I mean, they did "Hey Little Tomboy" in 1976 and released it in 1978; that's the f-ed up beauty of this band, I'm not sure whether that means I should be harder on them, or give them a pass because the song is so over-the-top awkward and inappropriate that they clearly were ignorant as to how it could be perceived.  

My main point was simply that if, and I emphasize only *if*, there are folks that are completely incredulous as to why someone would take away from certain BB songs something they might construe as sexist or anti-feminist, I think there is plenty of room to make that argument.

For me, sometimes all of the context makes the lyrics palatable or even enjoyable, and occasionally (not even particularly with the BB specifically), certain lyrics are difficult to overlook, for a variety of reasons including and in addition to anything related to feminism (or lack thereof).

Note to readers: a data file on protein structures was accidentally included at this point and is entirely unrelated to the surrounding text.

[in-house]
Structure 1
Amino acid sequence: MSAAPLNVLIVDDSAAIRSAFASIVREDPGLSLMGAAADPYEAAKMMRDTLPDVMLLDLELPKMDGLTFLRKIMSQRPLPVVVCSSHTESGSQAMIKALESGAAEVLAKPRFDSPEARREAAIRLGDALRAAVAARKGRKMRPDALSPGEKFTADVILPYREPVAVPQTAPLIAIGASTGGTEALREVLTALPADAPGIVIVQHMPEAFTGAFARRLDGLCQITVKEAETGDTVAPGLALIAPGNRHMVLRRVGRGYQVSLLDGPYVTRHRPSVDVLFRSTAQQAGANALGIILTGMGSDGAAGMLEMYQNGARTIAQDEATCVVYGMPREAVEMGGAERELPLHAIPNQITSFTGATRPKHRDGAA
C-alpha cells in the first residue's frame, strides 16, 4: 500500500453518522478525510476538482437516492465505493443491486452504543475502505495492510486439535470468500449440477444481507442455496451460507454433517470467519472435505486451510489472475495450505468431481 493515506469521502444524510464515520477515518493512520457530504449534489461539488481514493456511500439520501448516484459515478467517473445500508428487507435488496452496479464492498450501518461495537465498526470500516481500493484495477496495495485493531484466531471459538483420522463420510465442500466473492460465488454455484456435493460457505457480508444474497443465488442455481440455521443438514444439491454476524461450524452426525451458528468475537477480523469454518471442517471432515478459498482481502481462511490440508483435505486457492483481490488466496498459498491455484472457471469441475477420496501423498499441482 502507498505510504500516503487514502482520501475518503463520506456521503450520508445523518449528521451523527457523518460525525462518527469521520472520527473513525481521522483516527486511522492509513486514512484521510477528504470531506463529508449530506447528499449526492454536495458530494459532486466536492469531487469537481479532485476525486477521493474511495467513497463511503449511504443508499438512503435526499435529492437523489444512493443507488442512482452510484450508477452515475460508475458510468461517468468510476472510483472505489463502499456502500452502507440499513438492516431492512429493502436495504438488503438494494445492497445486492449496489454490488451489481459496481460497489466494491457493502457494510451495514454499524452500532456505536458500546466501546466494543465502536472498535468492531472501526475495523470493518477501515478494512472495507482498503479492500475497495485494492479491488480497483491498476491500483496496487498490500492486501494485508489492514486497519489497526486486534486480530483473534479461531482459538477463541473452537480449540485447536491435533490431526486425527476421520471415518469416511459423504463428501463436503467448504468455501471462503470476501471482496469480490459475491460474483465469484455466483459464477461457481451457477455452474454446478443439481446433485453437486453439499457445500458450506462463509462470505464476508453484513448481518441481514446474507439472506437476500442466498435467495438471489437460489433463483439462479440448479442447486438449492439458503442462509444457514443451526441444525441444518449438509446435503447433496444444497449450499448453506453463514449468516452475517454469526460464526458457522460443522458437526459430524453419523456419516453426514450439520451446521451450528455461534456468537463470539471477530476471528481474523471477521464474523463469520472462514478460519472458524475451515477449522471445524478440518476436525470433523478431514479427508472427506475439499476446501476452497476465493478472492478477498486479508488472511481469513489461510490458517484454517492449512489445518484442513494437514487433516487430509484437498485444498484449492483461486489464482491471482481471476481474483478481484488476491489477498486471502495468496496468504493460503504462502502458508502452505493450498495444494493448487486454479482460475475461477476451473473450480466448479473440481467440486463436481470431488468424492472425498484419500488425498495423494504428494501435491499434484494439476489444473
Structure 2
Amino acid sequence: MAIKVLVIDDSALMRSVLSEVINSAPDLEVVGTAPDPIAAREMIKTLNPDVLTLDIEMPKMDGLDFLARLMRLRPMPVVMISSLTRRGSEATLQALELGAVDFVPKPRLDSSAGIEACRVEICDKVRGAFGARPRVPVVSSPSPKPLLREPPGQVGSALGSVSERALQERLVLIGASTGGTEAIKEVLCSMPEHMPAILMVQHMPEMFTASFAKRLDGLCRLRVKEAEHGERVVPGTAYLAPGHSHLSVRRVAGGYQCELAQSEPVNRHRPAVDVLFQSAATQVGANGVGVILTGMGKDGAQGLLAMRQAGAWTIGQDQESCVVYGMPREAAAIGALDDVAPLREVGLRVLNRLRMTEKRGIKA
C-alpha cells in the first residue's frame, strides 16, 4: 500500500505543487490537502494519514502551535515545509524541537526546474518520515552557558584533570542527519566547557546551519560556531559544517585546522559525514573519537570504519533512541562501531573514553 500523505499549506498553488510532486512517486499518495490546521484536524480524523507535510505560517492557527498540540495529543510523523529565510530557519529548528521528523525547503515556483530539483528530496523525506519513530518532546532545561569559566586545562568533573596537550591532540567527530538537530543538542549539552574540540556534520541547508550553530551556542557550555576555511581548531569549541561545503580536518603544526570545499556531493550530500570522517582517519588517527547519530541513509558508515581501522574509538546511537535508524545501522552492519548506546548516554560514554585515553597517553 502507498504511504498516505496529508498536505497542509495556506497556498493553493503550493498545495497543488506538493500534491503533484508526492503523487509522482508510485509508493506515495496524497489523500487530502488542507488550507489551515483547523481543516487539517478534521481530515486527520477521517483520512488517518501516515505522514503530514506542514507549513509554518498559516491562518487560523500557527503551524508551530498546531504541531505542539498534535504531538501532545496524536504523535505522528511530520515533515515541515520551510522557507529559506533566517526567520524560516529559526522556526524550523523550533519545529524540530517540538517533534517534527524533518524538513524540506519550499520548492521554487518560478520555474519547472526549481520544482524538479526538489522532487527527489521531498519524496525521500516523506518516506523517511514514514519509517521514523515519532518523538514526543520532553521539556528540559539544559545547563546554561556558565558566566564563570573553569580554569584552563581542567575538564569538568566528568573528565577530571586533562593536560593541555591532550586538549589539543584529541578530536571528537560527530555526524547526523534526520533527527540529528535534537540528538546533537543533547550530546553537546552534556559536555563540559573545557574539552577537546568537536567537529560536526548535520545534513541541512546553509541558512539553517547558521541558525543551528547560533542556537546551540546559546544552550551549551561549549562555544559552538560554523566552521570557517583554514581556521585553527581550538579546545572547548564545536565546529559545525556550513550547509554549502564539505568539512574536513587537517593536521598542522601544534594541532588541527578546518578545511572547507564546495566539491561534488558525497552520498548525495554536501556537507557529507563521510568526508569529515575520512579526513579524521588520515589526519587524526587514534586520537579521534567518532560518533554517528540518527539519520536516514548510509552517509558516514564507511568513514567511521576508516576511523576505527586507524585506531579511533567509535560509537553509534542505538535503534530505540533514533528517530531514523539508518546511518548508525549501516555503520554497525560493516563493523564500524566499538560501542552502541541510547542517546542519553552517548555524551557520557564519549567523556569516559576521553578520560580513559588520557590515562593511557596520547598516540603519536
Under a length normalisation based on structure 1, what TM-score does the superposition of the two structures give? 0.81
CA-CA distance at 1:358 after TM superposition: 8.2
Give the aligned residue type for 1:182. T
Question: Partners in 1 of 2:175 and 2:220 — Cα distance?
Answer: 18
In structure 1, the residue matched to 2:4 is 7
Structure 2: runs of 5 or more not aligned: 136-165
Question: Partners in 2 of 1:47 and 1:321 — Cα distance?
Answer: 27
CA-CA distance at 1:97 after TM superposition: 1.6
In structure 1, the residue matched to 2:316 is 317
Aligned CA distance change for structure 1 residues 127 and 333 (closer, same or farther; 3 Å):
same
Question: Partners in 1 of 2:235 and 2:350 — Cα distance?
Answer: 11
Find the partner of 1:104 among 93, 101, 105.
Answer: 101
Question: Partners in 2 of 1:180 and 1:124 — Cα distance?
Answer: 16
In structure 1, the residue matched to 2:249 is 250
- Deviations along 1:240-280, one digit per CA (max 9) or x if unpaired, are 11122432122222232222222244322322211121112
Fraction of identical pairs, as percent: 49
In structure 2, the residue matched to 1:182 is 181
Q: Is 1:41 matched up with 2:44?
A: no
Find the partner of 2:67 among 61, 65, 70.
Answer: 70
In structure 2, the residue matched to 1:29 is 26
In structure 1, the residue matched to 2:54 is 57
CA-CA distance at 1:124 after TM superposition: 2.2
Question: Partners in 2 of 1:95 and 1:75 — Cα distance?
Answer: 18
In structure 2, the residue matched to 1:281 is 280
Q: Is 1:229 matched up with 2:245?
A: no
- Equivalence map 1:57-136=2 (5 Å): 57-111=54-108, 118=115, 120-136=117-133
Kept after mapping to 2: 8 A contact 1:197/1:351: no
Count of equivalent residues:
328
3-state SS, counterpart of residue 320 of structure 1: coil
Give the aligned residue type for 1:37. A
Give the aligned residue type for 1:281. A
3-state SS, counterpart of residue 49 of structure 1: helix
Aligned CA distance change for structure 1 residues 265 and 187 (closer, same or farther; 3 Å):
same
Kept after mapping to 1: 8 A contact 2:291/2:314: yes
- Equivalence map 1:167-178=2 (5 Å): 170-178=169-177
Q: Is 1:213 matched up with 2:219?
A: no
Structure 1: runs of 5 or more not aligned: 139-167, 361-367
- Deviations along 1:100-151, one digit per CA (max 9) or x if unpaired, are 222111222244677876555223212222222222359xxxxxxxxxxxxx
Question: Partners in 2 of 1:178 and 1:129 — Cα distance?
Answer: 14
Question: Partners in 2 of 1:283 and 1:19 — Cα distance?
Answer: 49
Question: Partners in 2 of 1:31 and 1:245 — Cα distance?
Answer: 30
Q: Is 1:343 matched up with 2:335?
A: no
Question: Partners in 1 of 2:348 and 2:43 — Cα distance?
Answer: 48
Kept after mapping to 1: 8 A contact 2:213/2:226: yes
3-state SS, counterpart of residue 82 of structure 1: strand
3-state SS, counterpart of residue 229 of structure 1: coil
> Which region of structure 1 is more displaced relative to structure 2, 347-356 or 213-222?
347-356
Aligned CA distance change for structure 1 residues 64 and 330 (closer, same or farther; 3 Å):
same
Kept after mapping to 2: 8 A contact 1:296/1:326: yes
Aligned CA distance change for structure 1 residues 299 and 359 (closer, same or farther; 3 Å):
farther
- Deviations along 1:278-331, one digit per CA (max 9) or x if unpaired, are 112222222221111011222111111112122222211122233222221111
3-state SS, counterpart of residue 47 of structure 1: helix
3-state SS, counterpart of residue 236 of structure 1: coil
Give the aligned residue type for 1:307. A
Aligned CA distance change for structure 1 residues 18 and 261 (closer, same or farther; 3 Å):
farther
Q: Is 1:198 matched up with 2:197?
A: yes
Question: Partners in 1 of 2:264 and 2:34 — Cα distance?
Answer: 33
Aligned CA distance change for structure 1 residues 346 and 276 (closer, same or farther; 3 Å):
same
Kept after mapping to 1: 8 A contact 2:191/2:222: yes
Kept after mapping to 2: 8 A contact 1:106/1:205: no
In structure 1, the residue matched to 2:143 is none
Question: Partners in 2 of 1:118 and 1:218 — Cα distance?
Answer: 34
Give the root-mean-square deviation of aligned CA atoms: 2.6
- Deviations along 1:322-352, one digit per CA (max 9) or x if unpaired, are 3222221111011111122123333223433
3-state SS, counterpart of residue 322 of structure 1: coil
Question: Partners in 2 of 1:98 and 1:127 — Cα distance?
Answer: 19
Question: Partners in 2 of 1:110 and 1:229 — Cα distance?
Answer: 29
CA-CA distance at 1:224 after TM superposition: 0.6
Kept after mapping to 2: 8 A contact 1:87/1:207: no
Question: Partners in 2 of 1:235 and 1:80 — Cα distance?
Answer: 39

I love the BB car songs, but I've never been a fan of the "I've got the fastest car and therefore the biggest d**k" bravado stuff. I think some people would have found that kind of douchey back then as they might now.

I've always had trouble with Brian's achingly beautiful "Still I Dream of It" because he references having a maid in the midst of lamenting various things in his life. How bad should I feel for a guy that can afford a maid? Poor baby, must be tough having someone cook your food and clean your house for you. Is that missing the point? Yes. But we all put our own template on this stuff.
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« Reply #34 on: April 15, 2016, 08:35:57 AM »

Totally agree